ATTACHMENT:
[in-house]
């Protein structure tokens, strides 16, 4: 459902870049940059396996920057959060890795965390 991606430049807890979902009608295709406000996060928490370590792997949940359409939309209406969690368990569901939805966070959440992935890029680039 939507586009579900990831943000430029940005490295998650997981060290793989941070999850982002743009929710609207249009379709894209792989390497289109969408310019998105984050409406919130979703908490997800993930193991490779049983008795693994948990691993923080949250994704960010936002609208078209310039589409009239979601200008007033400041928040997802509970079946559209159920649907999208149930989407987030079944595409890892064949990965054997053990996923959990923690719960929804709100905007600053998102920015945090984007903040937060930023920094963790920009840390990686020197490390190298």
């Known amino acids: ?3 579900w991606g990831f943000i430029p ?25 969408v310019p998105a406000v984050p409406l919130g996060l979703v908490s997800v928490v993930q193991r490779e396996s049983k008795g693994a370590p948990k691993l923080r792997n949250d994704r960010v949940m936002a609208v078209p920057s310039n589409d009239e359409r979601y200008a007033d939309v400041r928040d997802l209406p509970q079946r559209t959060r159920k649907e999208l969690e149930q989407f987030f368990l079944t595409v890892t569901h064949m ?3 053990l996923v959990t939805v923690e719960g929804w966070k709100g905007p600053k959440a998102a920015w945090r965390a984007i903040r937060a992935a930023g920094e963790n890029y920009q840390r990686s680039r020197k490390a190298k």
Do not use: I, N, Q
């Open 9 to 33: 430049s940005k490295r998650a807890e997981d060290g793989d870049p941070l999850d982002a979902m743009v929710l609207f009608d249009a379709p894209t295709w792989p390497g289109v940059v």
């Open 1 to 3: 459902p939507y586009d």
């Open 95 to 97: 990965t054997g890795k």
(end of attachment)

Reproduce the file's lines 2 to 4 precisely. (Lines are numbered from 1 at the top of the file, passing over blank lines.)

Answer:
């Protein structure tokens, strides 16, 4: 459902870049940059396996920057959060890795965390 991606430049807890979902009608295709406000996060928490370590792997949940359409939309209406969690368990569901939805966070959440992935890029680039 939507586009579900990831943000430029940005490295998650997981060290793989941070999850982002743009929710609207249009379709894209792989390497289109969408310019998105984050409406919130979703908490997800993930193991490779049983008795693994948990691993923080949250994704960010936002609208078209310039589409009239979601200008007033400041928040997802509970079946559209159920649907999208149930989407987030079944595409890892064949990965054997053990996923959990923690719960929804709100905007600053998102920015945090984007903040937060930023920094963790920009840390990686020197490390190298």
């Known amino acids: ?3 579900w991606g990831f943000i430029p ?25 969408v310019p998105a406000v984050p409406l919130g996060l979703v908490s997800v928490v993930q193991r490779e396996s049983k008795g693994a370590p948990k691993l923080r792997n949250d994704r960010v949940m936002a609208v078209p920057s310039n589409d009239e359409r979601y200008a007033d939309v400041r928040d997802l209406p509970q079946r559209t959060r159920k649907e999208l969690e149930q989407f987030f368990l079944t595409v890892t569901h064949m ?3 053990l996923v959990t939805v923690e719960g929804w966070k709100g905007p600053k959440a998102a920015w945090r965390a984007i903040r937060a992935a930023g920094e963790n890029y920009q840390r990686s680039r020197k490390a190298k």
Do not use: I, N, Q